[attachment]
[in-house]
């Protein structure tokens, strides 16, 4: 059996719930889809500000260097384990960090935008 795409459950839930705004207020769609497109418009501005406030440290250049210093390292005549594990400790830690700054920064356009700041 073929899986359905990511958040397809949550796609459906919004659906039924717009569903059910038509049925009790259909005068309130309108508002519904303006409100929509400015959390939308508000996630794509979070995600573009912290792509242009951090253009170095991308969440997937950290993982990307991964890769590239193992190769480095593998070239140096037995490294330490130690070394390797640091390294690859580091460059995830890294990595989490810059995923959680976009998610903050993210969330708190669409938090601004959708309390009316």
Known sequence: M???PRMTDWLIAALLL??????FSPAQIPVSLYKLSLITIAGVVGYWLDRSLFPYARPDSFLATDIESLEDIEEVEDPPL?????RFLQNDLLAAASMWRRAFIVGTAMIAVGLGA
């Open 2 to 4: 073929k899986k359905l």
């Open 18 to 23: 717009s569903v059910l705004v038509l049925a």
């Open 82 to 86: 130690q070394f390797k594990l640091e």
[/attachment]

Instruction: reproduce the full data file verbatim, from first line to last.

[in-house]
């Protein structure tokens, strides 16, 4: 059996719930889809500000260097384990960090935008 795409459950839930705004207020769609497109418009501005406030440290250049210093390292005549594990400790830690700054920064356009700041 073929899986359905990511958040397809949550796609459906919004659906039924717009569903059910038509049925009790259909005068309130309108508002519904303006409100929509400015959390939308508000996630794509979070995600573009912290792509242009951090253009170095991308969440997937950290993982990307991964890769590239193992190769480095593998070239140096037995490294330490130690070394390797640091390294690859580091460059995830890294990595989490810059995923959680976009998610903050993210969330708190669409938090601004959708309390009316």
Known sequence: M???PRMTDWLIAALLL??????FSPAQIPVSLYKLSLITIAGVVGYWLDRSLFPYARPDSFLATDIESLEDIEEVEDPPL?????RFLQNDLLAAASMWRRAFIVGTAMIAVGLGA
């Open 2 to 4: 073929k899986k359905l």
């Open 18 to 23: 717009s569903v059910l705004v038509l049925a």
């Open 82 to 86: 130690q070394f390797k594990l640091e």